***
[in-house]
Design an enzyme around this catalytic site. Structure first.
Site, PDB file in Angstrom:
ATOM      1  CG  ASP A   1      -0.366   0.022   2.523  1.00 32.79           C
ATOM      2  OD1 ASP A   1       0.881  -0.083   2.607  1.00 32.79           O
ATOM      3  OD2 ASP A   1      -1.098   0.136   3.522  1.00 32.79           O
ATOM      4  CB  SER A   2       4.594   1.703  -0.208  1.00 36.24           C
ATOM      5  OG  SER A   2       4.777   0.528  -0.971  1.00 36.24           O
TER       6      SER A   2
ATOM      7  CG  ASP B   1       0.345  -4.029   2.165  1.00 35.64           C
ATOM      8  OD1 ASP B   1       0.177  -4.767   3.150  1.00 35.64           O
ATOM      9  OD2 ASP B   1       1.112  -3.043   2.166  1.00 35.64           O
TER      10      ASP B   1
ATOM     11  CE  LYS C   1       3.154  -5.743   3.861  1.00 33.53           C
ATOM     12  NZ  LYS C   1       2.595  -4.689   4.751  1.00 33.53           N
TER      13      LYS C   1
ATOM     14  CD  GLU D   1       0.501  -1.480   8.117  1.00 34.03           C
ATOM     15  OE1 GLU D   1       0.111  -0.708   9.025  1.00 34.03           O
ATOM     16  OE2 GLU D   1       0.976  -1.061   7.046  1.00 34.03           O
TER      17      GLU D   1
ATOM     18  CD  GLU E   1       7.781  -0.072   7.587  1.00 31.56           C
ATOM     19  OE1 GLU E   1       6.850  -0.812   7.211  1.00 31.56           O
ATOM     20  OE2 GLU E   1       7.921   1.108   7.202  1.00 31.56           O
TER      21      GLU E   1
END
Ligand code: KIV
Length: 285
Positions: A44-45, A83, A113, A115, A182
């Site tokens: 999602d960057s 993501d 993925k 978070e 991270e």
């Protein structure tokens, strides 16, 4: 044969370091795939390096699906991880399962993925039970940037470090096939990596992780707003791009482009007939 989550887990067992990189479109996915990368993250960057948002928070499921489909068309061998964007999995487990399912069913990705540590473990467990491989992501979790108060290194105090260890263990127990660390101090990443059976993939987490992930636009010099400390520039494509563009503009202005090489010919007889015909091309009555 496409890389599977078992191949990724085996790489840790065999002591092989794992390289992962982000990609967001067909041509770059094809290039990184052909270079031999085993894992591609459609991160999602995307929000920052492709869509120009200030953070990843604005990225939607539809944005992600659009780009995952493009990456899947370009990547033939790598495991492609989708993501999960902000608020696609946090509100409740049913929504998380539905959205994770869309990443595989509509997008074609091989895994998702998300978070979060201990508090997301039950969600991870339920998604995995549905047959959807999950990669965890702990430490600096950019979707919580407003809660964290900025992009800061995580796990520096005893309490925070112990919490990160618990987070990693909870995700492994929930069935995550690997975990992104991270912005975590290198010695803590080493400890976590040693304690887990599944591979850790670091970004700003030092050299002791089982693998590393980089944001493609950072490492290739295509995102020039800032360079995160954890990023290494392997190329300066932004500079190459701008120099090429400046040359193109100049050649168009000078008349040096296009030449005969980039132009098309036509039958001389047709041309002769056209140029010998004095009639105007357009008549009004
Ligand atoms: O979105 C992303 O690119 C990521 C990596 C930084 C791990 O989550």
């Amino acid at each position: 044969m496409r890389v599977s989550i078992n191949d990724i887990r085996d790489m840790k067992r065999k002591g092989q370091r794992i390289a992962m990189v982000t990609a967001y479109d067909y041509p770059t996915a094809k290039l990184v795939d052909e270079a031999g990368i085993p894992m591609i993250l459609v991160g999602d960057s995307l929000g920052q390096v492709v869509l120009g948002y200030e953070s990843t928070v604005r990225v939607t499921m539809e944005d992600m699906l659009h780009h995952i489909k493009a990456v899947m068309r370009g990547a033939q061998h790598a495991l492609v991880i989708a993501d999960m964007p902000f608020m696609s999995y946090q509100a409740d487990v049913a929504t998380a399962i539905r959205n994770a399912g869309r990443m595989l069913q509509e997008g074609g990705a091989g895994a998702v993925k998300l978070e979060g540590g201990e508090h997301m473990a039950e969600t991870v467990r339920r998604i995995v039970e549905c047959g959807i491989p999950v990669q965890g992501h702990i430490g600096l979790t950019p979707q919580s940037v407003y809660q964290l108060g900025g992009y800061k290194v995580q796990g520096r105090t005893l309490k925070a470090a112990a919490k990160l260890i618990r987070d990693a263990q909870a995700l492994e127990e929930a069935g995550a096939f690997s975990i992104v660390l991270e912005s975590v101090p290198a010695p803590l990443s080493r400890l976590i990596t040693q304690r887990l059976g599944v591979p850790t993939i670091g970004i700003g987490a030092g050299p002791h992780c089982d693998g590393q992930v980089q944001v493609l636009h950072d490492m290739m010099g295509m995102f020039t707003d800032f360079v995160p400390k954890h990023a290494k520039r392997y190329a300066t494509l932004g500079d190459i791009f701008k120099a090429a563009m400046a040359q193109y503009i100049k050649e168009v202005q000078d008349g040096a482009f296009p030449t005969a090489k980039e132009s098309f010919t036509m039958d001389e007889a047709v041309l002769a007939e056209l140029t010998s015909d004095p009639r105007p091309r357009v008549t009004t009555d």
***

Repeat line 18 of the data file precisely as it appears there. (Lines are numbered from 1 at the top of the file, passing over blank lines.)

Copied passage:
ATOM     15  OE1 GLU D   1       0.111  -0.708   9.025  1.00 34.03           O